Ember’s Heart #57

One life, or hundreds of thousands of lives?

The question nagged at Ean as his hand flew across the page in front of him, sketching out plans for a turreting mechanism that would mount the Lightning Strike Ballista safely on the back of a heavy steam truck. Scattered around were plans for other improvements to the defenses of Salshira, such as a shoulder-carried launcher that could shoot a modified Thunderbolt at closer targets and a wall for the Capitol made from limbed and felled hahrax trees. He had been adding to the collection with every waking moment not demanded elsewhere ever since the initial planning meetings, and four days saw no lessening of his fervor.

Weapons. So many weapons. I’m better at hospitals and farms.

We won’t have half enough hospitals if the Empire comes here.

One life for all the rest.

He pushed the thought away again, but it was back a moment later, like there was some insane dog fetching the unwanted filth back to him each time he thought he had gotten rid of it.

I am not sending Ember out to die.

Not before, even more so now.

Oh Kai. Eighty legions. Three hundred Garagrans. Where are you? We need you.

Ean focused his mind on the schematic in front of him. Rubber vibration dampeners there, there, and… there.

“It looks good,” Tala said next to him.

Ean jumped and yelled.

When had she gotten there?

He turned and looked up at Tala.

“What are you doing here?!”

Tala smirked at him.

“Your workshop door’s always open, right?”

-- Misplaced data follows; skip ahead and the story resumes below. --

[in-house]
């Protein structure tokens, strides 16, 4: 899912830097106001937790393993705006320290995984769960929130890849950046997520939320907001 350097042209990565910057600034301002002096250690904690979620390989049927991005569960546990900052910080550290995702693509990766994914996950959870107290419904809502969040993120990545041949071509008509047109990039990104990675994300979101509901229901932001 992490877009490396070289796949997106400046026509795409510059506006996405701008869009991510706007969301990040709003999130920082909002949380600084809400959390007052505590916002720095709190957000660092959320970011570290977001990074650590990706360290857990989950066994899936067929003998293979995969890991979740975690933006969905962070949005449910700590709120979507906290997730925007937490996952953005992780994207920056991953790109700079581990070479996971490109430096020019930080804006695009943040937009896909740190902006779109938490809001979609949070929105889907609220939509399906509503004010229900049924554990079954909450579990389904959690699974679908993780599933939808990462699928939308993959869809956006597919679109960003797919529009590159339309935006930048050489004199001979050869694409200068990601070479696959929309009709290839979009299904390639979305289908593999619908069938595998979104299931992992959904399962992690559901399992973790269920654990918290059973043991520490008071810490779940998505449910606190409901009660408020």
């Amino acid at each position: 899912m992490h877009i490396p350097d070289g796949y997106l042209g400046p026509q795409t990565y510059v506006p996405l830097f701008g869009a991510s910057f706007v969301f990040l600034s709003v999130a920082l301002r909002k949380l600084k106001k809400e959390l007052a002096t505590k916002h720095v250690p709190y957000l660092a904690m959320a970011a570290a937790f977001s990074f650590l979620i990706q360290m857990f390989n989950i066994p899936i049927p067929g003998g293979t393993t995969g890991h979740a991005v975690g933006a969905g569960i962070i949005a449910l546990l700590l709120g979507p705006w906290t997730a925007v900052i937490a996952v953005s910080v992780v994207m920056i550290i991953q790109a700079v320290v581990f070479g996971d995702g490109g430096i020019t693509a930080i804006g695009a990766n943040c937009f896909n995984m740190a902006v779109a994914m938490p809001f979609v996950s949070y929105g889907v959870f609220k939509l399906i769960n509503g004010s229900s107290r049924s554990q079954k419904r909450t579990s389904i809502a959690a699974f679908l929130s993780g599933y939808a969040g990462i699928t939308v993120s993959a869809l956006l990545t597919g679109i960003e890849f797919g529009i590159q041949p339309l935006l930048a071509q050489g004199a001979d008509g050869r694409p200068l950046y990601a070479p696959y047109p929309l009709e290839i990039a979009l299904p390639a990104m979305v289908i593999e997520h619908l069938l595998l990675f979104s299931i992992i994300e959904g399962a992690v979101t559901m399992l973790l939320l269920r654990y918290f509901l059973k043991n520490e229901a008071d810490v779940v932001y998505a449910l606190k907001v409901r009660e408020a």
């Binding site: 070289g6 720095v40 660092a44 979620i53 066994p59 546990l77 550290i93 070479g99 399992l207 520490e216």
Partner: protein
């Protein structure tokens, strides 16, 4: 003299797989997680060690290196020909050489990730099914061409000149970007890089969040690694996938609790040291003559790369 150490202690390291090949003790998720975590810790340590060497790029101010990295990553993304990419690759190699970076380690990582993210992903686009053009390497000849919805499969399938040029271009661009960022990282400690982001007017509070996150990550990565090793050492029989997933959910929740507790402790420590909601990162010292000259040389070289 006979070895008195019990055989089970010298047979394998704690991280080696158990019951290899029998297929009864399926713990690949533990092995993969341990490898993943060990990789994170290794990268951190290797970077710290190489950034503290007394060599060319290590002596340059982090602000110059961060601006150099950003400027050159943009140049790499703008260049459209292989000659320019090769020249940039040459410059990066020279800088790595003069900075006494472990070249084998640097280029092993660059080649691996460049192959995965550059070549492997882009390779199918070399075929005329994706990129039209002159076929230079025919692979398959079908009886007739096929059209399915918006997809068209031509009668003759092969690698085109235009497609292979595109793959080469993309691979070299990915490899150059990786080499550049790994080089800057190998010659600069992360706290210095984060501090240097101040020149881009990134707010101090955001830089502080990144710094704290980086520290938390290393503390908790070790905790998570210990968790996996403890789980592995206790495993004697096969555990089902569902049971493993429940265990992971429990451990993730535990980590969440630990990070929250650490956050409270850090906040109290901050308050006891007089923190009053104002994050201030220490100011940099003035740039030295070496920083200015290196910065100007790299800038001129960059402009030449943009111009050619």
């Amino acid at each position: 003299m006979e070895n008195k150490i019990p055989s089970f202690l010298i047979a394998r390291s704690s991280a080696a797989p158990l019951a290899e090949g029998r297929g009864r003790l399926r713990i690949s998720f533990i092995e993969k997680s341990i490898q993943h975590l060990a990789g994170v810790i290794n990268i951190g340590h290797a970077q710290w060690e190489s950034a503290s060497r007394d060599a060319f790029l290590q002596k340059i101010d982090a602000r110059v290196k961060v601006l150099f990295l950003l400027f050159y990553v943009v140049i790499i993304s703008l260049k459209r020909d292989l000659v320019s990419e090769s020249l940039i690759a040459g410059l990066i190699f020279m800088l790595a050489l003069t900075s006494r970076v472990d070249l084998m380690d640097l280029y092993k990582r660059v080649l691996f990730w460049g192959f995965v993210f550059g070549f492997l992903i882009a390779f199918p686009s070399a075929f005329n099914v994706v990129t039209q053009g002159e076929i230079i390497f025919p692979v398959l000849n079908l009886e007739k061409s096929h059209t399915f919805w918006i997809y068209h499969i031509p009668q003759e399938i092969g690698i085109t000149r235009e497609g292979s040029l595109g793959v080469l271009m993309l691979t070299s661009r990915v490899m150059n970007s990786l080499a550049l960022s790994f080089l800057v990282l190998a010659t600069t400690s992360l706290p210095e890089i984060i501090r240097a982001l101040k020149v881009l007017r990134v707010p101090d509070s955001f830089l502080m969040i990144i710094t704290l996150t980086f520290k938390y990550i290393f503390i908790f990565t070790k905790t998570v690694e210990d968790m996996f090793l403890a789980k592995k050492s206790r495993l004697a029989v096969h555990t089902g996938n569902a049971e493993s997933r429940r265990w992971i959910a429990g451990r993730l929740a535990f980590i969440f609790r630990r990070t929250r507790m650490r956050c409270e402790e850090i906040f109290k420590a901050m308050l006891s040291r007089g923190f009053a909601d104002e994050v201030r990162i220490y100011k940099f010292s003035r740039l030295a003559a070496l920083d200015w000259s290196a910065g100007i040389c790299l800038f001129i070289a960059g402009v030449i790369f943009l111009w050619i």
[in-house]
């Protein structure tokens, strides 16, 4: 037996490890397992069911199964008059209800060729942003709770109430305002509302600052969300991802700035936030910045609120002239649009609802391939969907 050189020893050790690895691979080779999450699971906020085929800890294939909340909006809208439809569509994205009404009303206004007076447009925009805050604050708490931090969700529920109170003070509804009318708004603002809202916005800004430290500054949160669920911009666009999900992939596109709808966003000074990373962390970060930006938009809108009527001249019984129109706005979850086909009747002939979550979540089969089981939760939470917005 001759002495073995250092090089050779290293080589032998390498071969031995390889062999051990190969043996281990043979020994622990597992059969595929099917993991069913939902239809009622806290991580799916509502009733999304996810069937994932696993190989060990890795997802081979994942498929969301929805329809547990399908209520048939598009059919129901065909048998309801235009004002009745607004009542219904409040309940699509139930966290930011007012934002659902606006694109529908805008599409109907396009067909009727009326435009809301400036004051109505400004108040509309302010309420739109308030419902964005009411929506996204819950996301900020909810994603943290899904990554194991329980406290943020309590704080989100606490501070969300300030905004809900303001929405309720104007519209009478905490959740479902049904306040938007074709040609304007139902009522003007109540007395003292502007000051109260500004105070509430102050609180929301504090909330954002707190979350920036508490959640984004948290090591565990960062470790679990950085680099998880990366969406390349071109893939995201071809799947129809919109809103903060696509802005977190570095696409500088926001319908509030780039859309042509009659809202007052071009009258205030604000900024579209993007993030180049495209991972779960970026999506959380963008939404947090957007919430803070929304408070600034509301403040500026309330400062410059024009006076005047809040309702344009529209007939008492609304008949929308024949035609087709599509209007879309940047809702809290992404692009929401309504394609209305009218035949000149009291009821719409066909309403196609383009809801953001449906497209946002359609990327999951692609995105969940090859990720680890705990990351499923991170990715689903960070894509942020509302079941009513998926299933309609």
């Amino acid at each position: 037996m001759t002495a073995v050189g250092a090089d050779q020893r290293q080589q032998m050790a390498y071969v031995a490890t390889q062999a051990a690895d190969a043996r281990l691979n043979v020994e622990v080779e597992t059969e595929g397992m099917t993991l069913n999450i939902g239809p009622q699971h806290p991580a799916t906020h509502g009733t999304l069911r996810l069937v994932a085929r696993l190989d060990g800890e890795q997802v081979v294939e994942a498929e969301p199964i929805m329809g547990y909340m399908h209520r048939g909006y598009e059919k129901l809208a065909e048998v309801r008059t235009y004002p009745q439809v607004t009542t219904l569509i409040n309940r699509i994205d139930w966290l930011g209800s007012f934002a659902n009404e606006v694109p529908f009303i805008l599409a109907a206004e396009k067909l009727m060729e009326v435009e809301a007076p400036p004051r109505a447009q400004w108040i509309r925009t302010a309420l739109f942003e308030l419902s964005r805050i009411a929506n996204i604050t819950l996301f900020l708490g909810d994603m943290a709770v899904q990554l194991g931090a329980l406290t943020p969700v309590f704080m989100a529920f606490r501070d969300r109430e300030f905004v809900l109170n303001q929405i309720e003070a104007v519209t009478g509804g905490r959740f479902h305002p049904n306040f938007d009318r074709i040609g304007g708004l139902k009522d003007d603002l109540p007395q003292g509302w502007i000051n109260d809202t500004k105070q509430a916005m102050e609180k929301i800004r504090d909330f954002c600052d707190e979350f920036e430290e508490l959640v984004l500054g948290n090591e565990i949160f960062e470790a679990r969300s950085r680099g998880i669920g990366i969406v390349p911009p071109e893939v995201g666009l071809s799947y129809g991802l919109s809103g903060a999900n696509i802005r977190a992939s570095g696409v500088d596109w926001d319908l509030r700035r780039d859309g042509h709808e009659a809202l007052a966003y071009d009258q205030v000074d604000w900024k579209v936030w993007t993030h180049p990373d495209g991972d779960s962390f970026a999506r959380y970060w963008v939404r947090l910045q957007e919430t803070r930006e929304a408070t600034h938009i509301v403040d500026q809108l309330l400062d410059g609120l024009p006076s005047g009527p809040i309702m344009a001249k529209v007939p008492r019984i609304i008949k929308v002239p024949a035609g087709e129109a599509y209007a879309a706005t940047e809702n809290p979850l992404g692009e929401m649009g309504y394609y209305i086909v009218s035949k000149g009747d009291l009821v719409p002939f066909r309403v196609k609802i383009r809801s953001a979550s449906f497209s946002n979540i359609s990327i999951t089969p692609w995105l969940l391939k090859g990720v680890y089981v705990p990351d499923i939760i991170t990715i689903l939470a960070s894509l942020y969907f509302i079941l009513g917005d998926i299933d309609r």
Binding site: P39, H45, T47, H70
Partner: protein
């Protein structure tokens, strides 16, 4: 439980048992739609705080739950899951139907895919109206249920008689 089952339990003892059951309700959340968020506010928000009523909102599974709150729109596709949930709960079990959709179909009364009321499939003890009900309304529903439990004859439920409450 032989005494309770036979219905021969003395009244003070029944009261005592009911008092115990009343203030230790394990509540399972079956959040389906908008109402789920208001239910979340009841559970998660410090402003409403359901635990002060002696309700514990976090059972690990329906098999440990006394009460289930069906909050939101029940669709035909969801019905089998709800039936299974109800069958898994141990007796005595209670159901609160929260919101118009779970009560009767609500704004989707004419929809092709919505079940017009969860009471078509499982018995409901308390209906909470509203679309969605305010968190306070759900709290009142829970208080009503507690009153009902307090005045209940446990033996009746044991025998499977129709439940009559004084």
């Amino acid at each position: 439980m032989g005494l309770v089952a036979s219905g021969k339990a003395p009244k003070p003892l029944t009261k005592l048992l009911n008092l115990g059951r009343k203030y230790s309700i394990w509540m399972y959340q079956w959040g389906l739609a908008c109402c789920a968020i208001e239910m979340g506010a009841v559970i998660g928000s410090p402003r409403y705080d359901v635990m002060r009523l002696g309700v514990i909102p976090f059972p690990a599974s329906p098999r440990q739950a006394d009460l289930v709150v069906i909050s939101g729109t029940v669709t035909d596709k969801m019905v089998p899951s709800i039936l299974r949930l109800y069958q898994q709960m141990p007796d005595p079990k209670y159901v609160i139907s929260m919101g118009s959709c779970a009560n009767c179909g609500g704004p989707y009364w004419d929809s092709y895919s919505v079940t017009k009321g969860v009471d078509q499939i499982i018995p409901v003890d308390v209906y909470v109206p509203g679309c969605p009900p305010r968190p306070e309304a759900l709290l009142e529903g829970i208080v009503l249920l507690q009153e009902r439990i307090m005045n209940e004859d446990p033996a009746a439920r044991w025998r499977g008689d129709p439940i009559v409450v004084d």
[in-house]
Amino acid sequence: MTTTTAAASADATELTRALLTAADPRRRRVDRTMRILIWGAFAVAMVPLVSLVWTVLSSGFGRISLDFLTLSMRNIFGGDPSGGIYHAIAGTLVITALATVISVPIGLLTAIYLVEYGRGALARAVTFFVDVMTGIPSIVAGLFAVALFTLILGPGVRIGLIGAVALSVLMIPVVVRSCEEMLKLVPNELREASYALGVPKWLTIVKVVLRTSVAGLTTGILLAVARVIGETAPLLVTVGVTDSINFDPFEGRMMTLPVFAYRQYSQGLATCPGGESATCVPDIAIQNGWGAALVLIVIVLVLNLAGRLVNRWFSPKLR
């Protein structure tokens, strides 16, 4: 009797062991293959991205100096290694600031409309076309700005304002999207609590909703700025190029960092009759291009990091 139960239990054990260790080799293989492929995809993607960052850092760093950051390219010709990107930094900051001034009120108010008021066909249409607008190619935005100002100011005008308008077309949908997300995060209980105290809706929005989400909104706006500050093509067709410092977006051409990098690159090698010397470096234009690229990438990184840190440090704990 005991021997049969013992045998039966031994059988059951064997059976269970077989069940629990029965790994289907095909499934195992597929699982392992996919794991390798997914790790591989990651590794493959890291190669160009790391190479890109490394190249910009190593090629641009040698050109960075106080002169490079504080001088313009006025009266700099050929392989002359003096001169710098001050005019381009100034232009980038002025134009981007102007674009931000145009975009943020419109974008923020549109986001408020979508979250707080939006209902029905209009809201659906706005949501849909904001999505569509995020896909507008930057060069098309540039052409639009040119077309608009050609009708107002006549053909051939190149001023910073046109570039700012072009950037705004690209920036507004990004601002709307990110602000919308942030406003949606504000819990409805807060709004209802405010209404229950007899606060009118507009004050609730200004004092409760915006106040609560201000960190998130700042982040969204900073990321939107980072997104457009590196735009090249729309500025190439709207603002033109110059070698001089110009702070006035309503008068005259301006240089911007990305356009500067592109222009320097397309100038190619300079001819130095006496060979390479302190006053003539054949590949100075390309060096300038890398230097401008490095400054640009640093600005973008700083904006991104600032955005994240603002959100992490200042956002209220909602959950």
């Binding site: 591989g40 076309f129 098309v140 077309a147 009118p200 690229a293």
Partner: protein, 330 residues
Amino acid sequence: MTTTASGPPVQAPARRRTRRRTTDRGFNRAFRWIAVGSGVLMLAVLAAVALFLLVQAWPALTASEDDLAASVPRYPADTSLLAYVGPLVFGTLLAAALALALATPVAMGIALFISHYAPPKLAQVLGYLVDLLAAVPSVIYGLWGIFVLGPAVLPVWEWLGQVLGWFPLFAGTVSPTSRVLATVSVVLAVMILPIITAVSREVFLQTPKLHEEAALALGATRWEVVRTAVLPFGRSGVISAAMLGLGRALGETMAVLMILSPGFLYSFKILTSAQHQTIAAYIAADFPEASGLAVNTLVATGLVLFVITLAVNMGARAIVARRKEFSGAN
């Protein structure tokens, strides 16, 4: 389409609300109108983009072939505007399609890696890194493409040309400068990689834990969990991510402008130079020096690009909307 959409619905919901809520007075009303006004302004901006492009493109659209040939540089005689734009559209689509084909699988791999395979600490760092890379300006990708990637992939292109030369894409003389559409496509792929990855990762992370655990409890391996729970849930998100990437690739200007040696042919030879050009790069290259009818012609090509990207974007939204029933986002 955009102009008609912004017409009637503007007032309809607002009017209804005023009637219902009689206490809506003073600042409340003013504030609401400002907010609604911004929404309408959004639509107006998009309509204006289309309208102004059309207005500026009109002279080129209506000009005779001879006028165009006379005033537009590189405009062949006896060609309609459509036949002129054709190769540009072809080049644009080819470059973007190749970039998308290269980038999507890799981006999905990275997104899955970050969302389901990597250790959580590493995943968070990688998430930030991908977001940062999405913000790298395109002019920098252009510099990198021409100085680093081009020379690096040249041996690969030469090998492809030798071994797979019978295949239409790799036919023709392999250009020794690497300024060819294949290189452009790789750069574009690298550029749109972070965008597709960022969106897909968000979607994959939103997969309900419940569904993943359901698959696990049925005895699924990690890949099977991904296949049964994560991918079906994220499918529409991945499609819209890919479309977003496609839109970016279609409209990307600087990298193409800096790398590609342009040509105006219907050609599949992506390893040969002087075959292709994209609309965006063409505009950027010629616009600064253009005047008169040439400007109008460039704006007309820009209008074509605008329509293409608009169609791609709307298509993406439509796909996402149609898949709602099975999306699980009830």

Ean took a few deep breaths and calmed down. He was tense. Everyone was tense. No excuse to kill Tala.


“I’ve thought about the same problem,” Tala said. “If you switch out the rubber dampeners for spring shocks, the flywheel will stabilize the ballista automatically.”

Ean closed his mouth and looked at the schematic again. Yes, of course. It was obvious. How had he missed that?

“I haven’t slept in two days,” he said.

Tala whistled.

“Pretty good work for no sleep. I see several things that I didn’t think of in my own attempt. I like the integrated magazine on top. Good design on the drop mechanism.”

“Thanks.” Ean threw away the last of his irritation and looked back to Tala again. “What do you need?”

She smiled.

“I just wanted to make sure you were still alive. I haven’t seen you since the meeting. I guess you’ve been doing this.”

Ean nodded. “Every time I stop I think about the Empire and look for something else we can add to our defenses on short notice.”

“My mind’s been running the same way. Wasn’t it nice when the worst thing we had to worry about was whether or not one of our designs would get funded by your dad?”

Ean chuckled.


Exhaustion hit him suddenly and he started stretching to stay awake. A moment later he looked at Tala still standing there and thought clearly enough to wave her to a nearby chair.

Tala pulled the chair up to his workbench and glanced over some of the other designs.

“Most of these are very good, Ean. We could put those modifications into some of the Thunderbolts without much difficulty. The shoulder launchers would take longer to build and need testing, but…” She mused over it for half a kella, then looked at him. “Do you think the Empire will really invade over Ember?”

Ean stifled a yawn and nodded.

“All our agents say they’re already shifting the Legions into position. It will be a few months before they’ll be ready, but the threat’s not idle.”

“For one woman? One princess?”


Tala flicked her ears and stared into space.

“I just want all this madness to be over. Quiet days again. Nothing more dangerous in the halls than rambunctious children.”